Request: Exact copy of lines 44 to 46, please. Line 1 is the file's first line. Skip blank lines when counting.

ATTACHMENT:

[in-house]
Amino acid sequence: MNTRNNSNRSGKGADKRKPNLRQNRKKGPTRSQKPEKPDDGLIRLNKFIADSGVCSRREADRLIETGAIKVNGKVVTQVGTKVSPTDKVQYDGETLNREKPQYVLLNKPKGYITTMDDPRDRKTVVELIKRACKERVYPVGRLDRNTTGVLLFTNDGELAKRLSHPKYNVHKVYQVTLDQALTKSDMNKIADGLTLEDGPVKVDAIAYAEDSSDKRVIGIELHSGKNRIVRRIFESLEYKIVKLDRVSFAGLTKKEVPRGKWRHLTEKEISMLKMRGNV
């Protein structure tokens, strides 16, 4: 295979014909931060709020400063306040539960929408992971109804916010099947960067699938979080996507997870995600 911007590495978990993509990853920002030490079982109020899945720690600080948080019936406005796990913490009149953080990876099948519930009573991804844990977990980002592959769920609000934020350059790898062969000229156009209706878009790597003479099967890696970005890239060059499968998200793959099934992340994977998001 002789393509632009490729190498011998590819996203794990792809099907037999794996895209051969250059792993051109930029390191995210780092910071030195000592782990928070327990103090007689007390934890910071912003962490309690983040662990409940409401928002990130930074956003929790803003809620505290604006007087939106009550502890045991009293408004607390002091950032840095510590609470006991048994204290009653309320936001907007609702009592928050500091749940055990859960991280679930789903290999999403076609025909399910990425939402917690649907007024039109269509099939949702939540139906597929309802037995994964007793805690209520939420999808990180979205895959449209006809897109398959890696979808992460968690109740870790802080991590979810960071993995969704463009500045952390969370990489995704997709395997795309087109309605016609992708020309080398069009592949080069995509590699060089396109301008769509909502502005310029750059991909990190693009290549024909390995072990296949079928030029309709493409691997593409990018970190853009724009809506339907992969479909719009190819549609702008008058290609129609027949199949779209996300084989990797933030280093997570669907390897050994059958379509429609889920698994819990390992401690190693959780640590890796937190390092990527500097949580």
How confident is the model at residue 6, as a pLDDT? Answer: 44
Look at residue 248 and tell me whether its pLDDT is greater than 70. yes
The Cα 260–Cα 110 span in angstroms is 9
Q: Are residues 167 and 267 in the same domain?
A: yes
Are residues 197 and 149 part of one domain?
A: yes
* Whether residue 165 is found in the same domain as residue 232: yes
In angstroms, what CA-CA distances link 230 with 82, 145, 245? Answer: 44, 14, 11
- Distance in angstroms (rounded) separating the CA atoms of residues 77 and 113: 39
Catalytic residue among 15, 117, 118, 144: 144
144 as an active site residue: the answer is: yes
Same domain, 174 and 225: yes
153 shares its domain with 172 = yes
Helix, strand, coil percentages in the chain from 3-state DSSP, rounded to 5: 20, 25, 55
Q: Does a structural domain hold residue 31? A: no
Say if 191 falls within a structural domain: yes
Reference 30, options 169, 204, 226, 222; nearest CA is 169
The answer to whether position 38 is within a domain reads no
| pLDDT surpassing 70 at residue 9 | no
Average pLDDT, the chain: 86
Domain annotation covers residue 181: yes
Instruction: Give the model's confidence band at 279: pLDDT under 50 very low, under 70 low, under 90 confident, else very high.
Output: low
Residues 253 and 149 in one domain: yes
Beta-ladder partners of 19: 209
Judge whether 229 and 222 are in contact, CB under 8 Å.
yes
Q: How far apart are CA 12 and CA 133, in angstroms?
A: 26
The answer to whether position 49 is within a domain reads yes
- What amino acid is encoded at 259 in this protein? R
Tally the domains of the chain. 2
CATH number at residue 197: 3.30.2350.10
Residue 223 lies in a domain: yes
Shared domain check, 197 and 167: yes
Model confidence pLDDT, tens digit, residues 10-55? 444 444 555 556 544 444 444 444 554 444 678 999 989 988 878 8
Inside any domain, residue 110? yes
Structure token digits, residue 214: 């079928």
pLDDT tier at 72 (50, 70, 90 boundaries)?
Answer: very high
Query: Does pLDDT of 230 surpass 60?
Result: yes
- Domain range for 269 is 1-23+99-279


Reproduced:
Answer: very high
Query: Does pLDDT of 230 surpass 60?
Result: yes